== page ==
India is talking war, and there is an ominous military build-up on the border. But a full-scale war seems unlikely at this point.
EACH TIME someone talks peace in Jammu and Kashmir, something particularly ugly happens soon afterwards. On August 1, 2000, seven days after Hizbul Mujahideen commander Abdul Majid Dar declared a unilateral ceasefire, 91 people were killed in eight near-simultaneous massacres, from Pahalgam to Doda. This time around, the tragic massacre at Kalu Chak came 11 days after Dar's final break with the Hizbul Mujahideen leadership. Now, as in 2000, Pakistan-based terrorist groups were signalling that they had no intention of allowing dialogue to derail their war against India. But in 2000, the Union government responded by pushing on with its dialogue with the Hizbul Mujahideen. Now, it is talking war.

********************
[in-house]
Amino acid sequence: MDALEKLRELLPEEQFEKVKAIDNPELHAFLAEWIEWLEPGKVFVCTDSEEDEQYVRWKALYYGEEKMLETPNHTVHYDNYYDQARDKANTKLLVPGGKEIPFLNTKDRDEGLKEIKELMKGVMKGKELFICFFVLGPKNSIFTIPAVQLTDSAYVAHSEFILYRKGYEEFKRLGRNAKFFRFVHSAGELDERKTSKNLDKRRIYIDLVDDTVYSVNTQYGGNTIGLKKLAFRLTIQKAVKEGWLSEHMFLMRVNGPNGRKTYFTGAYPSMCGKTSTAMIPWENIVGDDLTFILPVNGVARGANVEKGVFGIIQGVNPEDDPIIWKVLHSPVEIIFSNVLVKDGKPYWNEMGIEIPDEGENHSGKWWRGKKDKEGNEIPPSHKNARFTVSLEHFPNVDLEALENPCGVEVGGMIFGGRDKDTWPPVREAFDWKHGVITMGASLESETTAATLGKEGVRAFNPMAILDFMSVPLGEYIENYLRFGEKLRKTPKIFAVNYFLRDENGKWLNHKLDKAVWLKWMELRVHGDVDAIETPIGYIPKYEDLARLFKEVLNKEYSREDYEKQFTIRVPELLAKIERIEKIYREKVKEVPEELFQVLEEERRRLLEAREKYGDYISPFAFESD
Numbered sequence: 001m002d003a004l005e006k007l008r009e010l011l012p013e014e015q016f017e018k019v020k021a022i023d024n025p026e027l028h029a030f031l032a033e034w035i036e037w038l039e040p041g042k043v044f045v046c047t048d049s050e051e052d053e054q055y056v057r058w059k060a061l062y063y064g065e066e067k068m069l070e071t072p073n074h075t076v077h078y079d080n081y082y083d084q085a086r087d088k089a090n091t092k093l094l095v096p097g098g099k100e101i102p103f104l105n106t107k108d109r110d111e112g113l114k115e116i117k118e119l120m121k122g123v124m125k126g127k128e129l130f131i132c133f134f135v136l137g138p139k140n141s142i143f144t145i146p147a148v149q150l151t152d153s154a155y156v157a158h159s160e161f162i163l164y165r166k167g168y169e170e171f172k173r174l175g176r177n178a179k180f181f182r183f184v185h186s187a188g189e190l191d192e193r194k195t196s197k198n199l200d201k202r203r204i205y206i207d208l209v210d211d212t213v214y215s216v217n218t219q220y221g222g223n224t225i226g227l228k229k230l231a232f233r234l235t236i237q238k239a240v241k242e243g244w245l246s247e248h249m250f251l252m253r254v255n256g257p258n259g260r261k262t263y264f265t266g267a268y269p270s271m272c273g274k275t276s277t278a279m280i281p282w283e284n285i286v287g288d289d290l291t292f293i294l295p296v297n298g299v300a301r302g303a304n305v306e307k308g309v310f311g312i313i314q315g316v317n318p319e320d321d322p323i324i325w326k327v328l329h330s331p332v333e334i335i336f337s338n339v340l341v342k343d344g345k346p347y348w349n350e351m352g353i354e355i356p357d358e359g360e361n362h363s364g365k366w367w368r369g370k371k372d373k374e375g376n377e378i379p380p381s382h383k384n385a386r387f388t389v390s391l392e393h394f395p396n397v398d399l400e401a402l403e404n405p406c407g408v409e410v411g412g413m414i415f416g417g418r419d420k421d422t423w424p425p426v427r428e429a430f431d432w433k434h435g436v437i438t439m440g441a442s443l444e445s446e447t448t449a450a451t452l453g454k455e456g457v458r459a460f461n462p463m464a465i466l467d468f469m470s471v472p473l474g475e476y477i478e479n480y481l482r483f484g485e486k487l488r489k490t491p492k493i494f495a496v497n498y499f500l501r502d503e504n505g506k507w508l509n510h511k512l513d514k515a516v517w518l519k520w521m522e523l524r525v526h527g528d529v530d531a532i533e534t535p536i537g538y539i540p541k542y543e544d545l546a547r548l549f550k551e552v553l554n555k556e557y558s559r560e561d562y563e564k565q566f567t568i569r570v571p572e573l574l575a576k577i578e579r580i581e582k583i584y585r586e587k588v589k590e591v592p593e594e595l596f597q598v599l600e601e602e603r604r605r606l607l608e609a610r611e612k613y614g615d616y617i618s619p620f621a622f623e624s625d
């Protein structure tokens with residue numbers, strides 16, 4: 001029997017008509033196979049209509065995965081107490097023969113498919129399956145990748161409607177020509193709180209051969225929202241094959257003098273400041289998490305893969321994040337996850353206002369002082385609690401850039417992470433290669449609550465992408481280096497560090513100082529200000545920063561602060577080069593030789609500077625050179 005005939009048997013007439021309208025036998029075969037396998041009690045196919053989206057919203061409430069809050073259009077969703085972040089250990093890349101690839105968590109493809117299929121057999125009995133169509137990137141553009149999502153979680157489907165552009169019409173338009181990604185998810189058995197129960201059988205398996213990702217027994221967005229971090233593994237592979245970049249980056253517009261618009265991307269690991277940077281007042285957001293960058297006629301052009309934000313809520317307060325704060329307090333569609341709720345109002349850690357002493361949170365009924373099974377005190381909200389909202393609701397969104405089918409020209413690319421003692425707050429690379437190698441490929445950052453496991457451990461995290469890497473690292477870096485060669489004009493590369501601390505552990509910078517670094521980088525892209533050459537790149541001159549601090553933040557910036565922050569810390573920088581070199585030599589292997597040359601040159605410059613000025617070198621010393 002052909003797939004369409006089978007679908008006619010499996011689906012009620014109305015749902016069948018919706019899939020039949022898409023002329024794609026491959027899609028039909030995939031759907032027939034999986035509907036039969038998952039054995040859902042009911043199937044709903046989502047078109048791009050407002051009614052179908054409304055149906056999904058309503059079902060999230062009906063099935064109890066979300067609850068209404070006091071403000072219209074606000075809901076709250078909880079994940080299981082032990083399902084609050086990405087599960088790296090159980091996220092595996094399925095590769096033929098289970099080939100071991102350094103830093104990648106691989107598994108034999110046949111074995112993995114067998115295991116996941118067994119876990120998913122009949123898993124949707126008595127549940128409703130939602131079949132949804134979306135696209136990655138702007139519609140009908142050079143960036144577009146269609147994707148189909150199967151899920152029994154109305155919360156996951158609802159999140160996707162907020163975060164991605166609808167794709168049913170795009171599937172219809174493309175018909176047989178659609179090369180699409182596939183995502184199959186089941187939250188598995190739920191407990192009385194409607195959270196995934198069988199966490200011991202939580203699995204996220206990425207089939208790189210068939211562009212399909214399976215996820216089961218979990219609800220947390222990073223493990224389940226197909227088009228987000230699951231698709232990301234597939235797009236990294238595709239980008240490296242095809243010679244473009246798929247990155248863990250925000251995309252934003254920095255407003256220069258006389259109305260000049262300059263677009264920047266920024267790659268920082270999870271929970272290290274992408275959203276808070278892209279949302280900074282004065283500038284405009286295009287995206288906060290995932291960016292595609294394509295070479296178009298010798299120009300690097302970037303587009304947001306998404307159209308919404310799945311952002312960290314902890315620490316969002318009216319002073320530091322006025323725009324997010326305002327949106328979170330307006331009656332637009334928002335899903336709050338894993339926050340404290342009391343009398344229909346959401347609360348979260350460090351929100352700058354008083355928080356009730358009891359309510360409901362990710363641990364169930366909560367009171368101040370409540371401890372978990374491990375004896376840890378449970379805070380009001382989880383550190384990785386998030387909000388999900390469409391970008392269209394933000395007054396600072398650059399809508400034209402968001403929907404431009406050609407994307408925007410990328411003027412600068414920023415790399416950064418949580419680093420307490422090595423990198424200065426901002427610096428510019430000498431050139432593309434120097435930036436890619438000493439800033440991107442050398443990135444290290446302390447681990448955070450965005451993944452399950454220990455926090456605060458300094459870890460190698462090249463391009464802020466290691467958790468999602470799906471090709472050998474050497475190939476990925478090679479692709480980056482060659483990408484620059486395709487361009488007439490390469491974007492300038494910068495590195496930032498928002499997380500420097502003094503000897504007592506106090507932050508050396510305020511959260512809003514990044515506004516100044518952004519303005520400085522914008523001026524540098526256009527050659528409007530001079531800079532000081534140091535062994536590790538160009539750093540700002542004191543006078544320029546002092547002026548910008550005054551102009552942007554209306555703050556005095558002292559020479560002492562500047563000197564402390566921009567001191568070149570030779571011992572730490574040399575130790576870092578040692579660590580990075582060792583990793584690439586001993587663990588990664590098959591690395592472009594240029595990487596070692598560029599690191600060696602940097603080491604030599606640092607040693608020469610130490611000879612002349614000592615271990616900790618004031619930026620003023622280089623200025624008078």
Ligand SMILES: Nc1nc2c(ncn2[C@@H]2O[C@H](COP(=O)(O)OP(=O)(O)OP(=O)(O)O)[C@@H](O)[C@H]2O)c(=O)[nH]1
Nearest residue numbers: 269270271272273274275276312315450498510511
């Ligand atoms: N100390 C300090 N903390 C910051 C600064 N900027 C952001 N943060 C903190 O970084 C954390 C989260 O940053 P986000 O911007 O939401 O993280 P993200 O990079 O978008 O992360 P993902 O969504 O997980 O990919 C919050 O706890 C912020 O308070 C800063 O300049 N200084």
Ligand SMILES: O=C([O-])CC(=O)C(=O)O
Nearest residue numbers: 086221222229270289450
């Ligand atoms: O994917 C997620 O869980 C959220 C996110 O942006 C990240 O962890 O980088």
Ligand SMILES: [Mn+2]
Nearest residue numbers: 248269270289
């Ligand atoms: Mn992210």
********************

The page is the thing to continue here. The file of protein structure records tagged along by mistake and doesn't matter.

Along much of the international border in Jammu, it is easy to imagine that the war has already come about. Several thousand rounds of mortar fire were exchanged along the international border in Samba, Akhnoor and Kathua on May 19. Full-blown artillery exchanges began that evening to the north along the Line of Control (LoC), from Lam and Rajouri to Uri. Almost 500 rounds landed around the single village of Gakhriyal, near Akhnoor. Till May 19, only two soldiers and two civilians had been reported killed, while some 25 civilians had been reported injured. But losses in terms of property and cattle have been high, provoking an exodus reminiscent of the one that took place in January this year. Government officials in Jammu say that an estimated 10,000 villagers have already left their homes fearing an outbreak of hostilities. In areas like Poonch, where villagers displaced in January had started to return to their homes, refugee camps have begun to fill up again.